July 17, 2017
Ocracoke will have a ringside seat to see
almost all of a total solar eclipse Aug. 21
The Ocracoke Observer
the “Great American total eclipse of the sun” occurs on Aug. 21,
Ocracoke will have a ringside seat to view it almost in its entirety.
to news sources, barring a cover of clouds, the eclipse will be visible
over a small portion of western North Carolina beginning at 2:33 p.m.
As it continues onward to South Carolina, those on the
Outer Banks will be able to see it a 0.9 magnitude, which is a partial
eclipse of about 90 percent or more, between about 2:41 and 2:45 p.m.
North Carolina counties in the path of totality include Cherokee, Graham, Swain, Clay, Macon, Jackson and Transylvania.
A total solar eclipse occurs when the moon gets in the way of the sun, turning day to a brief twilight.
The eclipse path will take around an hour and a half to sweep across the United States along a 70-mile-wide path.
first point of contact will be at Lincoln Beach, Ore., at 9:05 a.m.
PDT. Totality begins there at 10:16 a.m. PDT. Over the next
hour and a half, it will cross through 12 states and will end near
Charleston, S.C., at 2:48 p.m. EDT. From there, the lunar shadow
finally leaves the U.S. at 4:09 p.m. EDT.
At any given location, the total eclipse will last for about two and half minutes.
of a sudden, you see a 360-degree sunset all around you,” said Lika
Guhathakurta, lead scientist for the Living With a Star program at NASA
Headquarters in Washington, D.C., as reported on space.com. “Stars appear. The temperature drops. You can actually hear chirping of grasshoppers.”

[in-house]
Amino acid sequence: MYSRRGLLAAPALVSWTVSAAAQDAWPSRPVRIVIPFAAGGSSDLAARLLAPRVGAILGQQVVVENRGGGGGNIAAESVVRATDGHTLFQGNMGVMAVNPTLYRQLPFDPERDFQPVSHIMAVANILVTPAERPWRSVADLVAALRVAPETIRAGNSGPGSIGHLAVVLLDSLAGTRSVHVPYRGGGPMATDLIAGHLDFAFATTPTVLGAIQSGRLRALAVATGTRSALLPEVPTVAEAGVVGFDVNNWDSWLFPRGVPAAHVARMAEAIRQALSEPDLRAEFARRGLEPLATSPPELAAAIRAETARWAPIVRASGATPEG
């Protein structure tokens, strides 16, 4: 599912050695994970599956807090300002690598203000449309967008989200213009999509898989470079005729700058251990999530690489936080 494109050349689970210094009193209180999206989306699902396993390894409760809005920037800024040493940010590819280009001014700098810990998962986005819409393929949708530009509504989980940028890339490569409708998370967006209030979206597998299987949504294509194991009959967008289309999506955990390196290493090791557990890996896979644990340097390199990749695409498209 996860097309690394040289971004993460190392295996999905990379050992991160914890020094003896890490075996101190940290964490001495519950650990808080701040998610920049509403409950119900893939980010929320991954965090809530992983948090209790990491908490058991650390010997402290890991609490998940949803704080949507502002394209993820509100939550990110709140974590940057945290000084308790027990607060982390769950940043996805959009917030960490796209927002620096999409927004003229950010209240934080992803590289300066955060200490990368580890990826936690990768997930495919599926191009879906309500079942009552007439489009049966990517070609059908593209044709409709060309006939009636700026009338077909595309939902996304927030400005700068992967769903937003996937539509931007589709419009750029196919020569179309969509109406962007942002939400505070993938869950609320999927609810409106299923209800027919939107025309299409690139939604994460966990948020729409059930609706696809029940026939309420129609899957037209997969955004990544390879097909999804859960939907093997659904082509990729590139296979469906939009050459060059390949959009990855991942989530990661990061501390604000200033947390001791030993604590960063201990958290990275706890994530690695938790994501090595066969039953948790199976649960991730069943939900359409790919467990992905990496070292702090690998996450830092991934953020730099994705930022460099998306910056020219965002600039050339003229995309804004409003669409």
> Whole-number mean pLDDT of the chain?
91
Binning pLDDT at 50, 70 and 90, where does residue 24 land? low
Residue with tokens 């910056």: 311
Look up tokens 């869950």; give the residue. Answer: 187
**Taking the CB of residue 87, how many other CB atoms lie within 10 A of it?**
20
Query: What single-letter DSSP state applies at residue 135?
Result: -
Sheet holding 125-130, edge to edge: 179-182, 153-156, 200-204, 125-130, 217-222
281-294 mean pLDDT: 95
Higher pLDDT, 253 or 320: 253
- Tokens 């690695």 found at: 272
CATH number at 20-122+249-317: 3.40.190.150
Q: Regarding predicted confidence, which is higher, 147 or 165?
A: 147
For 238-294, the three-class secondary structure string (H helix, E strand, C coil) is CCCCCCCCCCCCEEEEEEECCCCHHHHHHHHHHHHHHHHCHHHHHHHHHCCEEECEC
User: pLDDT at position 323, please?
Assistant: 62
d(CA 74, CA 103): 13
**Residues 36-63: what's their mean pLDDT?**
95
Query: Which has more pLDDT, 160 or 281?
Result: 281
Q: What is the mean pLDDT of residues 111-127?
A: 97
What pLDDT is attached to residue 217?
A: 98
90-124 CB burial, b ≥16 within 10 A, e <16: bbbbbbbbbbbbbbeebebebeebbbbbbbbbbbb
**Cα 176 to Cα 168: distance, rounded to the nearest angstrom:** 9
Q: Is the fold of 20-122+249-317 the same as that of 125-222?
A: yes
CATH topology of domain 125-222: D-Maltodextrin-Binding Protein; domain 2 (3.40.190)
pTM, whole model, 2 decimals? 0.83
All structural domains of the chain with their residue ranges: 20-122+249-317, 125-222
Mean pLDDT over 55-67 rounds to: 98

area around Carbondale, Illinois, will get the most protracted view at
2 minutes and 40 seconds, according to information from NASA.
Aug. 21 event will be the first-ever solar eclipse whose path of
totality hits no country other than the United States. The last
one to meet this geographical standard occurred before the nation
gained its independence in 1776.
All are cautioned to never look
directly at the sun with your unaided eye. NASA said the only safe way
to look directly at the uneclipsed or partially eclipsed sun is through
special-purpose solar filters for telescopes, “eclipse glasses,” which
are now available from many locations, or welder’s goggles rated at 14
or higher. Homemade filters or ordinary sunglasses, even very
dark ones, are not safe for looking at the sun. For more information, click here.
people can create pinhole projectors with two pieces of cardboard: One
card should have a small hole punched in it, while the other card
The light through the card with the hole can then
be projected onto the blank card, allowing a solar eclipse or large
sunspots to be seen. (See graphic below.)
The total solar
eclipse of 1970 also crossed over the United States. Also known as the
“eclipse of the century,” it ran along nearly the entire East Coast.
For more information, visit greatAmericaneclipse.com.